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The warm beer chart

Filed under: — gavin @ 13 April 2011

Perhaps a way to connect with Joe Sixpack?

Tagline: If we can pay as much attention to the Earth as we do to our beer, we probably wouldn’t need to worry about global warming.

Design by S. Han, loosely based on IPCC (2007), courtesy of the “Artist as Citizen” initiative. (Full size pdf version)

55 Responses to “The warm beer chart”

  1. 51


    A practical demonstration of Predestination?

  2. 52
    Russell says:

    As another Calvinist once remarked,

    Malt does more than Milton can
    To justify God’s ways to man.

  3. 53
    Emily says:

    This is awesome! I could this being made into t-shirts and distributing them around campus. Way better than our environmental studies student association club that always makes the same, “I love nature” earth day shirts. I love nature but this is hilarious and will totally get people’s attention and isn’t stereotypical tie dye stuff. Especially college kids who live off PBR but I’m from Kansas City and we drink delicious local beer. Y’all be jealous!!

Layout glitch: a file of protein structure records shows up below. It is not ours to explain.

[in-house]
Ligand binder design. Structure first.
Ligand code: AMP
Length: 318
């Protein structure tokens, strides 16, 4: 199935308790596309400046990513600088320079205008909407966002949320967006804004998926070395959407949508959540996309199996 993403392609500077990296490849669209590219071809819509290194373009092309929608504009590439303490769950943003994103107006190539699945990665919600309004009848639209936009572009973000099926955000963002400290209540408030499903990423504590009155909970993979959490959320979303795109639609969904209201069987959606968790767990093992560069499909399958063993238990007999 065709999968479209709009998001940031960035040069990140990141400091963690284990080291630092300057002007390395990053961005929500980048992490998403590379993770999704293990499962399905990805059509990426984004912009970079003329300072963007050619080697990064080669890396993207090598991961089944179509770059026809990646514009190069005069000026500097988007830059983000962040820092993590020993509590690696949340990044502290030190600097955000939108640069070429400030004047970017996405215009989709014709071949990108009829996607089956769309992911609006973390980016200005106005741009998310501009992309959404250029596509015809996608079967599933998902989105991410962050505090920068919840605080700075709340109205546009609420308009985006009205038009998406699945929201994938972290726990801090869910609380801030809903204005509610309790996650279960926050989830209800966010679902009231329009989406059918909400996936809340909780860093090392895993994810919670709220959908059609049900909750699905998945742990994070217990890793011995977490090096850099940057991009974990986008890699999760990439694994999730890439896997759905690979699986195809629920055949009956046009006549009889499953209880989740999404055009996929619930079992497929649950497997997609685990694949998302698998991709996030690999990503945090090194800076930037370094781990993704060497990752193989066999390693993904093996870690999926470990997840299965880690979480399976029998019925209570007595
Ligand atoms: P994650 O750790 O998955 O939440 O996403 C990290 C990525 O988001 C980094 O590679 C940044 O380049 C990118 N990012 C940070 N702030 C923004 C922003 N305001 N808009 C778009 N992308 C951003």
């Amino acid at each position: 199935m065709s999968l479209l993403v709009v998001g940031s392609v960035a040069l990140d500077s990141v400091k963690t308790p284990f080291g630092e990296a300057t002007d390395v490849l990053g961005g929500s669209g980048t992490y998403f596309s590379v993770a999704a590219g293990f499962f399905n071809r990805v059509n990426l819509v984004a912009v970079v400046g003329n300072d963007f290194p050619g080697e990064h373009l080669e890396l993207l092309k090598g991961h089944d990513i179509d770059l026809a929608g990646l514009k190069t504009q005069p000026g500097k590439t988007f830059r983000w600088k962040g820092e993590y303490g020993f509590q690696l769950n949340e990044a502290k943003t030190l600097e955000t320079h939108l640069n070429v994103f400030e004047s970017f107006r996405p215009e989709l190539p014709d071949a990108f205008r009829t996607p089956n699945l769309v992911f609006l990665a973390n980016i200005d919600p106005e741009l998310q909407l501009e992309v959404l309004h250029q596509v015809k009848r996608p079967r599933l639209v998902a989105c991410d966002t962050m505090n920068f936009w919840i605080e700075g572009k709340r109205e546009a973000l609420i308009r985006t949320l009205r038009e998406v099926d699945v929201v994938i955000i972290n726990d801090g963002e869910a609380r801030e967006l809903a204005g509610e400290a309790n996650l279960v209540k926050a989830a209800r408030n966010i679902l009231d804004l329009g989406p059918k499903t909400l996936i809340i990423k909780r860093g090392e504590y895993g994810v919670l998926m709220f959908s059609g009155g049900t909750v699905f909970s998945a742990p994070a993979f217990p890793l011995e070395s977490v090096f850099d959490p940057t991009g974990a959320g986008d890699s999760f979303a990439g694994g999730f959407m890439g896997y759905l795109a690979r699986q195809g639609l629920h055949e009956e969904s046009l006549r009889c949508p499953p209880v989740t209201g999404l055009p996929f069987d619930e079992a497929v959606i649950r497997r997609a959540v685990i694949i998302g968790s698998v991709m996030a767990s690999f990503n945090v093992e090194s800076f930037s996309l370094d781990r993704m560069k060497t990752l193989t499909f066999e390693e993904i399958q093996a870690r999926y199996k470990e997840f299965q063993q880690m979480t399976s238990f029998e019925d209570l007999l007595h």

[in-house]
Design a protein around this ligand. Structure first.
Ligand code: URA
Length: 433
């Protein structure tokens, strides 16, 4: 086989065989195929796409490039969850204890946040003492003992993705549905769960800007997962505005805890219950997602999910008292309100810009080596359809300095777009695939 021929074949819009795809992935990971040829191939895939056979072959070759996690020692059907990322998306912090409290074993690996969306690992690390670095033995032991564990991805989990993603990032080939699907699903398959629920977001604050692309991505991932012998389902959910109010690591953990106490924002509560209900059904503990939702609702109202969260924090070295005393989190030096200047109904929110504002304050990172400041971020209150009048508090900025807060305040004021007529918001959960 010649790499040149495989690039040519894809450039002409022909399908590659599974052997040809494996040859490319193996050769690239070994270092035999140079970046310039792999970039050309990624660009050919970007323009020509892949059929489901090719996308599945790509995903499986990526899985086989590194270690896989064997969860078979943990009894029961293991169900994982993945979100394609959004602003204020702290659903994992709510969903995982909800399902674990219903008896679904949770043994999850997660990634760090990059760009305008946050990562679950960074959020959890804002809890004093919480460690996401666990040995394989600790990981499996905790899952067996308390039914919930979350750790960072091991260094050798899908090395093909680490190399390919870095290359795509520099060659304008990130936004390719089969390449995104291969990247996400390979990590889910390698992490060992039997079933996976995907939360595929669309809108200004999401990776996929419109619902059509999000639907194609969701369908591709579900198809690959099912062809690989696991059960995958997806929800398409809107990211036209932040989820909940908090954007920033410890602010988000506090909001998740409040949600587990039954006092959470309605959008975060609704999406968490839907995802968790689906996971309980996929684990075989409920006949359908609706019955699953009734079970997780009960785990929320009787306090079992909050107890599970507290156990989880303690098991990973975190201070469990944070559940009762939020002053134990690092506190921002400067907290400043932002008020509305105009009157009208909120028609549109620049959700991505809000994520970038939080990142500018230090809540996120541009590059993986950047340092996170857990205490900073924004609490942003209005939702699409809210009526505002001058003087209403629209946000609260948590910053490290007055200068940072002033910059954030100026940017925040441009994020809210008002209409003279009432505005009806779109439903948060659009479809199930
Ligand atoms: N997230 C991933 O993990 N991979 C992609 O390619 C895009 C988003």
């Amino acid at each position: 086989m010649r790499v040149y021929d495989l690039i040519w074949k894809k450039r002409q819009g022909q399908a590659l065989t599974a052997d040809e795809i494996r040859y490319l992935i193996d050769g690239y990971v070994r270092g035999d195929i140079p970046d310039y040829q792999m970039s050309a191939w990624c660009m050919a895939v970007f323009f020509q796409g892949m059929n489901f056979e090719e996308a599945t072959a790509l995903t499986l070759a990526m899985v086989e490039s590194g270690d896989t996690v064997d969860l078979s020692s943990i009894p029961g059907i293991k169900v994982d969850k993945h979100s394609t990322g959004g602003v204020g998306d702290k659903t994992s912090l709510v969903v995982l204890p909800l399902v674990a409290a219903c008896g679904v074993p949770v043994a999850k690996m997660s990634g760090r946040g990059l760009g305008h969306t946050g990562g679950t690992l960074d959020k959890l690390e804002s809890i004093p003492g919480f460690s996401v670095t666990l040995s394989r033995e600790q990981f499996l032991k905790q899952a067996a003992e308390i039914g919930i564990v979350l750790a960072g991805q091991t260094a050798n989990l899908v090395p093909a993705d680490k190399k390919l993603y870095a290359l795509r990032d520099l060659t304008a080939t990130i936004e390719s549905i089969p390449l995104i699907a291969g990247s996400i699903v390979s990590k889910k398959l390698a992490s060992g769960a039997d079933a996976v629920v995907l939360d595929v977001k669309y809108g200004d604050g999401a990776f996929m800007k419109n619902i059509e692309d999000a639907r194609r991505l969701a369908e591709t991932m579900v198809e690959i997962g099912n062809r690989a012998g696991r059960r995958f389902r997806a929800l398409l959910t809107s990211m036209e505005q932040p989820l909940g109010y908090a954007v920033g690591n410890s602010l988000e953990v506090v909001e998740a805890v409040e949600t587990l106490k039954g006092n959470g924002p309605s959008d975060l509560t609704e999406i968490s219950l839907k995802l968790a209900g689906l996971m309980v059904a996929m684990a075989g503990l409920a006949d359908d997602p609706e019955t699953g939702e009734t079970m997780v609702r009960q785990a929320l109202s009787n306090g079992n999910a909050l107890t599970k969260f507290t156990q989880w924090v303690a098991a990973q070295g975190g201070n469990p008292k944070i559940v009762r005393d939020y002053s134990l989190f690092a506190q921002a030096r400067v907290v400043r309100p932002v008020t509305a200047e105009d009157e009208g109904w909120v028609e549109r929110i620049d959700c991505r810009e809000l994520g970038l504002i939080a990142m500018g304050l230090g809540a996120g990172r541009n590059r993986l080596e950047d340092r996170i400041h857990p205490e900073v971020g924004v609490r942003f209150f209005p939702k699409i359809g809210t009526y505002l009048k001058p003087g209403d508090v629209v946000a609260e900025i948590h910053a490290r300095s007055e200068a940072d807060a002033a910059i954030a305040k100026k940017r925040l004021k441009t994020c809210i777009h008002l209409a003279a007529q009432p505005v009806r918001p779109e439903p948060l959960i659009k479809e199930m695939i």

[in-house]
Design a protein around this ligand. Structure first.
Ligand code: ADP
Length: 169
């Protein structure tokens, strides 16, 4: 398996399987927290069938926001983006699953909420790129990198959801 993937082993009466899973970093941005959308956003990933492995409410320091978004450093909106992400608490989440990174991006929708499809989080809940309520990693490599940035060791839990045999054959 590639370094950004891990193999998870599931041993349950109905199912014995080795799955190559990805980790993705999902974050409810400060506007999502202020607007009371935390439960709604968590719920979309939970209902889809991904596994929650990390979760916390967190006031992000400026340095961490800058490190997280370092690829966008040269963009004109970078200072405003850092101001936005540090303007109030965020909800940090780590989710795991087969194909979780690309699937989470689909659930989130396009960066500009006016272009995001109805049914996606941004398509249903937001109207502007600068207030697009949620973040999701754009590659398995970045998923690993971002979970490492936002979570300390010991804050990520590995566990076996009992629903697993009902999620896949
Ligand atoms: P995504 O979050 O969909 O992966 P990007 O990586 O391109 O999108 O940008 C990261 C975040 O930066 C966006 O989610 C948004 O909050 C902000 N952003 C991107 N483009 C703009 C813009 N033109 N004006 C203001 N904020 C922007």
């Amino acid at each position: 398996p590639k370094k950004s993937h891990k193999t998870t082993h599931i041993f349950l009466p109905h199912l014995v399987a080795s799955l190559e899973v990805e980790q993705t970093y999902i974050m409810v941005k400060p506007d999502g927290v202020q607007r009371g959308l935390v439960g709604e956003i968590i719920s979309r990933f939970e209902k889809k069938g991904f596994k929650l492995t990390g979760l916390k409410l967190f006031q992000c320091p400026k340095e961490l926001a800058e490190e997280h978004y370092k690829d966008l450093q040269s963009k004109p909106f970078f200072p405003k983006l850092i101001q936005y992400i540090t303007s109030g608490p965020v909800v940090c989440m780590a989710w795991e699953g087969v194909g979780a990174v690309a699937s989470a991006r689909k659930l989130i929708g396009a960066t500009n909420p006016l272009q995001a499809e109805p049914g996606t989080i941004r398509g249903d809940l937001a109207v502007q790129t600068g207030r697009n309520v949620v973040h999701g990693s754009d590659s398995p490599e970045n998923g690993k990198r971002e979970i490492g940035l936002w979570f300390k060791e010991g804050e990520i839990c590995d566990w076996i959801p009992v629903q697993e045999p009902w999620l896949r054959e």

4. 54
    Anoneumouse says:

    Yeh all very interesting but it is not a HEN

  5. 55
    CRS, Dr.P.H. says:

    Folks, please do not stoop to the level of some of the neanderthals who stand in the way of emissions control. The graphic is “cute,” but we don’t need cute….we need to re-visit policy, carefully examine our statements and data presentations, and make DAMN certain that we do not over-reach as in the past (“Snow will be a memory” etc.)

    We are conducting a vast experiment upon the ecosystem, and anyone who thinks carbon dioxide is a benign gas may want to consider why we don’t walk around with dry-cleaners bags over our heads. If you want a poster child, de-emphasize the long-range warming impacts and focus upon the very visible damage that we are doing in coastal ecosystems (see National Geographic’s issue on this:

    Folks won’t be amused when they go to the local Red Lobster restaurant & all that remains on the blackboard are jellyfish!! This will likely happen in 50 years at this rate.